Quarterback Pete Elliott Michigan AP, INS, UP
Halfback Harry Szulborski Purdue AP, INS, UP
Halfback George Taliaferro Indiana AP, INS, UP
Fullback Art Murakowski Northwestern AP, INS, UP

All-Americans[edit]

Three Big Nine players were recognized as consensus first-team players on the 1948 College Football All-America Team. They are:

Position Name Team Selectors
End Dick Rifenberg Michigan AP, FWAA, INS, NEA, TSN, UP, CP, Look, NYS, WCFF
Tackle Leo Nomellini Minnesota AFCA, AP, FWAA, INS, NEA, TSN, UP, CP, Look, CT, NYS, WCFF
Tackle Al Wistert Michigan AFCA, UP, CP, TSN, CT, WCFF

Other Big Nine players receiving first-team honors from at least one selector were:

Position Name Team Selectors
Center Alex Sarkisian Northwestern INS, NYS
Back Art Murakowski Northwestern AP
Back Pete Elliott Michigan INS
Back George Taliaferro Indiana INS

1949 NFL Draft[edit]

The following Big Nine players were selected among the first 100 picks in the 1949 NFL Draft:[75]

Name Position Team Round Overall pick
Bob DeMoss Back Purdue 2 13
Dan Dworsky Center Michigan 2 15
Bill Kay Tackle Iowa 4 35
Bill Bendrick Back Wisconsin 4 39
John Goldsberry Tackle Indiana 4 40
Abe Gibron Guard Purdue 6 55
Jerry Krall Back Ohio State 6 59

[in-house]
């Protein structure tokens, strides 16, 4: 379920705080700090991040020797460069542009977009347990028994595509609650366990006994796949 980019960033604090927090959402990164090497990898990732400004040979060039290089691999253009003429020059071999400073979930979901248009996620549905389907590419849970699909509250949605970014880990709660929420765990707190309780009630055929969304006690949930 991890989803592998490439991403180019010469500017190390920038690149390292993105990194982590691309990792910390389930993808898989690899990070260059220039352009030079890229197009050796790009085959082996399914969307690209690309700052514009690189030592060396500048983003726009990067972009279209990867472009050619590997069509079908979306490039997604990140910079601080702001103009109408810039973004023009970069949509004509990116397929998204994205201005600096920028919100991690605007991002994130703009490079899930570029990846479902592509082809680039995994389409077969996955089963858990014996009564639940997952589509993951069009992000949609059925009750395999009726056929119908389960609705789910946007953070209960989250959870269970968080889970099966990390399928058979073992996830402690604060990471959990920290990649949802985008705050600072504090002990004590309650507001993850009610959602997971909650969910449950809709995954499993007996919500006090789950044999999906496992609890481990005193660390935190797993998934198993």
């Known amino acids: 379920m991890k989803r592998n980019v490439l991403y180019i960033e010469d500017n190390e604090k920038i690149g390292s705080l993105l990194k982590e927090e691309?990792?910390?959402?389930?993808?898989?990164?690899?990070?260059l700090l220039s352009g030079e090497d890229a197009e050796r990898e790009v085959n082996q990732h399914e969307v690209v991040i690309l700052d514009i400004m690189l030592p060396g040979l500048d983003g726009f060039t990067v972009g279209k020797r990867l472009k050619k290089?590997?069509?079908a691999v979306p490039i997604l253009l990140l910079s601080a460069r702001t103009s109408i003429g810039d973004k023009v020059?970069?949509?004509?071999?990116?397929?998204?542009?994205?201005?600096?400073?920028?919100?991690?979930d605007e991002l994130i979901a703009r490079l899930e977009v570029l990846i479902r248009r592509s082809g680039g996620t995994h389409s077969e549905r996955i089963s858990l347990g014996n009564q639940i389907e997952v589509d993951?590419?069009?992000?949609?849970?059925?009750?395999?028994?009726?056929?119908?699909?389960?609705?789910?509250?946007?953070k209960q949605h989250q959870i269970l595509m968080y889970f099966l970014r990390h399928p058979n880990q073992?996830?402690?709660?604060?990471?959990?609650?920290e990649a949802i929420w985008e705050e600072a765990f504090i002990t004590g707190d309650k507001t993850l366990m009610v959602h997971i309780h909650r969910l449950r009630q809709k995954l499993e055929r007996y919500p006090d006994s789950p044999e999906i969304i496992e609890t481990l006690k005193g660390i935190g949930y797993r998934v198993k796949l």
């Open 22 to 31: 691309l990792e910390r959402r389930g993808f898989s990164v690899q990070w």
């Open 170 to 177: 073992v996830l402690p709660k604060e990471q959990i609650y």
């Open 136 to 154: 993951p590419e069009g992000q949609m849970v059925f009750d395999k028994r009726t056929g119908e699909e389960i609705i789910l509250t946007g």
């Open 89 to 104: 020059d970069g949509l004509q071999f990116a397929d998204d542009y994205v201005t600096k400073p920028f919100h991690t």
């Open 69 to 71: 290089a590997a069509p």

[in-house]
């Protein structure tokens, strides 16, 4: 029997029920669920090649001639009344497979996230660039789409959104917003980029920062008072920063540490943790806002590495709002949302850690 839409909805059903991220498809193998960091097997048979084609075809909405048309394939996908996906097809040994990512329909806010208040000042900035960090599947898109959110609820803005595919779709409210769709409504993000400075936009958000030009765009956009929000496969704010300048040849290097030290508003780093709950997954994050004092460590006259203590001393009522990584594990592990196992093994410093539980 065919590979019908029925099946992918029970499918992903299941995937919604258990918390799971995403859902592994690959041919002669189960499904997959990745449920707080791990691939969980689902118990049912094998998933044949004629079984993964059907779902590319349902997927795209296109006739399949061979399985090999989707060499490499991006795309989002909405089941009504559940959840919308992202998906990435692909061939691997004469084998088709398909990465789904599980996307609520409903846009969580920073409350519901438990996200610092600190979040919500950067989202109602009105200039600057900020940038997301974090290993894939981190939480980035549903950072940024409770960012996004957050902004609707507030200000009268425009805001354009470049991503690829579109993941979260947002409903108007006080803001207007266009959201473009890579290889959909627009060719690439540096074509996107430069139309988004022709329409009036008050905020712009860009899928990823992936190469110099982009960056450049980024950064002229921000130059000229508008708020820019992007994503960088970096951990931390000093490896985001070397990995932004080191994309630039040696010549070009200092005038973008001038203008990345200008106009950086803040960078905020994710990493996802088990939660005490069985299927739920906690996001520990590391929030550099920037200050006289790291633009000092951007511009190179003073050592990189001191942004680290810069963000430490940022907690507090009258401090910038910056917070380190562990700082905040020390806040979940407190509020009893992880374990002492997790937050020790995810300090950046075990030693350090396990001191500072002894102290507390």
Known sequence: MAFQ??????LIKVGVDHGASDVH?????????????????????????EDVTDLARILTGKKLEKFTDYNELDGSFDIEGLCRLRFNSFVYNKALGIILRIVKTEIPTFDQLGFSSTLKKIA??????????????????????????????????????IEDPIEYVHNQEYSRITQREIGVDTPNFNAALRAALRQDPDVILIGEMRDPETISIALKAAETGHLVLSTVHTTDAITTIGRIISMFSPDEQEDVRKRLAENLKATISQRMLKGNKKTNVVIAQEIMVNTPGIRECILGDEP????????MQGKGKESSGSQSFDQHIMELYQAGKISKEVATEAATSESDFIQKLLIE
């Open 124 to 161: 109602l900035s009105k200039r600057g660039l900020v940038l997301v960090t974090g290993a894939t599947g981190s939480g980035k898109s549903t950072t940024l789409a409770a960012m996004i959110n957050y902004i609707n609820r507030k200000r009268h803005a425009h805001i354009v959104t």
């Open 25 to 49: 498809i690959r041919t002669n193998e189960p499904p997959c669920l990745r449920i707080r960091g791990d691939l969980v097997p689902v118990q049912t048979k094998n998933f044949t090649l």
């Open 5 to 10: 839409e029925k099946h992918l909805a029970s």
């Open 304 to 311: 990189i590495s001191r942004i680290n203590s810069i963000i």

Everett Faunce Back Minnesota 9 83
Joe Soboleski Guard Michigan 9 86
Ed McNeil End Michigan 9 88
George Buksar Back Purdue 10 94

References[edit]

  1. ^ a b c d e "1948 Big Ten Conference Year Summary". SR/College Football. Sports Reference LLC. Retrieved December 22, 2016.
  2. ^ "Murakowski Named Big 9's Most Valuable". Chicago Tribune. December 19, 1948. p. 2-1 – via Newspapers.com. open access
  3. ^ "Bo, 'Already at Work on Lions,' Signs Contract". Detroit Free Press. February 20, 1948. p. 23 – via Newspapers.com. open access
  4. ^ "Clyde B. Smith Named I. U. Coach". The Franklin Evening Star. March 16, 1948. p. 1 – via Newspapers.com. open access
  5. ^ "Crisler Quits as Coach; Job Goes to Oosterbaan: Fritz Stays as Director at Michigan". Detroit Free Press. March 16, 1948. p. 1 – via Newspapers.com. open access
  6. ^ Bob Stranahan (September 26, 1948). "Heads-Up Play Gives Indiana 35–7 Upset Over Wisconsin". The Indianapolis Star. p. 3-1 – via Newspapers.com. open access